Visiting the islands? Here are some essential Maltese words and phrases to get you started
These words will definitely prove to be useful.
As a former British colony, Malta has been an officially bilingual country since 2005, when the Maltese Language Act was written into the Constitution.
This means that the vast majority of the Maltese population understands and speaks English to some degree, whilst a smaller, yet still significant portion of the population also speaks and understands Italian.
While most travellers – especially English-speaking ones - won’t necessarily have any trouble communicating with locals, it would be beneficial to know some Maltese words and phrases just in case a language barrier presents itself.
With that being said, here are a couple of Maltese words and phrases that are bound to come in handy throughout your stay on the islands. Here we go!
Bonġu / Il-lejl it-tajjeb
We’ll start off simple with these two greetings.
Bonġu (pronounced bon-joo), means good day. Italian and French speakers might recognise this word from its resemblance to buongiorno and bonjour.
Il-lejl it-tajjeb (pronounced ill-leyl it-tie-yep), means good night or good evening.
Iva / le
Iva (pronounced ee-vah), means yes, while le means no.
More informal forms of iva are ijja (ee-yah) or eħe (e-he), so anytime you’re asked a question, feel free to use those.
If you’d like to say that you don’t know, say ma nafx (pronounced ma naf-sh)
Jekk jogħġbok (pronounced yeck yodge-bock) means please. Unfortunately, due to the English language’s influence on Malta’s languagescape, please is more widely used and jekk jogħġbok has been isolated to more formal use.
Having said that, there’s absolutely nothing wrong with using jekk jogħġbok in informal situations.
Grazzi (pronounced grats-ee) means thank you. Similarly to jekk jogħġbok, grazzi’s usage has decreased in favour of its English counterpart – so using it would be a breath of fresh air for locals!
While this word literally translates to excuse me, skużani (pronounced skoo-zah-nee) can also be used to mean sorry. However, since sorry is used quite regularly, skużani has been generally left for more formal settings. Still, using this word in either context is still correct, so go for it!
Kif immur [insert place]?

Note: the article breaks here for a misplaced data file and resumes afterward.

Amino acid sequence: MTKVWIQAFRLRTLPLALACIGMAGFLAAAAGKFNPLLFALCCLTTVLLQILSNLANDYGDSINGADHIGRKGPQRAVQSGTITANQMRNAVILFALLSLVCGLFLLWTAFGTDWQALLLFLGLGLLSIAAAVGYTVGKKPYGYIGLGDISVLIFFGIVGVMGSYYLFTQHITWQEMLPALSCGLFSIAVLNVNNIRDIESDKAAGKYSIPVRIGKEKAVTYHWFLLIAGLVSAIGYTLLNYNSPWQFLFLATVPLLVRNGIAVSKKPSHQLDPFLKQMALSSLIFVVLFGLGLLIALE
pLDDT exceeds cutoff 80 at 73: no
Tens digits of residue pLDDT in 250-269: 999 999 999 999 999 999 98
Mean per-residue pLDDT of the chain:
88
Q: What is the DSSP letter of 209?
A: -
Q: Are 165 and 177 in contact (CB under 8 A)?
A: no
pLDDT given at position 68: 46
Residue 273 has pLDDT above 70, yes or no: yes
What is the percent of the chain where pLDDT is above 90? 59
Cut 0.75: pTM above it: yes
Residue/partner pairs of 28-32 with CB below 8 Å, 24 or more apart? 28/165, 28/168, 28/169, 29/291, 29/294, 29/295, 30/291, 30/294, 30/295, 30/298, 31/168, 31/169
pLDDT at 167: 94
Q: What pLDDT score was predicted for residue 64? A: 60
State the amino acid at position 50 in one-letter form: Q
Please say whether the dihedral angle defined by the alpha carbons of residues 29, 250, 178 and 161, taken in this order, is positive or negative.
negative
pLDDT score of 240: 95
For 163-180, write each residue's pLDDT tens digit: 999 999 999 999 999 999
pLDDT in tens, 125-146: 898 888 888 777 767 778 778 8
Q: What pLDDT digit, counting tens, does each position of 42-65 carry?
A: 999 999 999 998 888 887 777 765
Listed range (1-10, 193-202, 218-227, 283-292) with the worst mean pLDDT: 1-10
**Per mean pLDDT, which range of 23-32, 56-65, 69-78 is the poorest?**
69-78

This phrase (pronounced keef im-moor) literally translates to how can I get to… - so it’s perfect for when you need directions. All you have to do is utter this phrase along with your destination – just don’t forget to say please and thank you!
Kif immur il-Belt Valletta, jekk jogħġbok? – How can I get to Valletta, please?
Kif immur iċ-Ċirkewwa, jekk jogħġbok? – How can I get to Ċirkewwa, please?
One way of getting around Malta is via our public bus system, colloquially known as tal-linja (pronounced tull-linn-yuh).
In case there’s any misunderstanding during your conversations, look no further! This phrase, pronounced as mah fimm-teksh, translates to I didn’t understand you.
Also in case of misunderstandings, this phrase, pronounced tiss-tuh tir-rep-pet-tea, literally means could you repeat?
If English seems to be the only way to communicate effectively – this is the phrase for you! Pronounced as tit-kell-emm bling-lease, this literally translates to do you speak English?
Since most of the population speaks English, finding someone who’s fluent shouldn’t be an issue.
Hopefully, you won’t need to use this, but in case of a medical emergency, this word (pronounced sp-tar) means hospital.
If all you need is a doctor, you can use the word tabib (tah-beep). If the situation warrants an ambulance, however, the word to use is ambulanza (amm-boo-lants-ah).
Since Malta’s a bilingual country, Maltese isn’t necessary when calling emergency numbers – but you never know!
This word has many meanings, and they’re all dependent on the content in which it’s used.
For example, if used in response to a question, mela (mell-ah) translates to ‘sure’ or ‘of course’.
Moving on to the phrase mela le – if you hear this being uttered in a positive tone, then refer to the above. If you sense a tinge of sarcasm, however, then it’s probably being used in a sarcastic manner, same way you’d say ‘sure thing’ sarcastically.
Another way to use mela would be at the beginning of a sentence. In this case, mela would serve the same purpose ‘so’ does in the beginning of a sentence.
Mela also happens to be the past participle of jimla (he fills).
Do you have any suggestions of your own?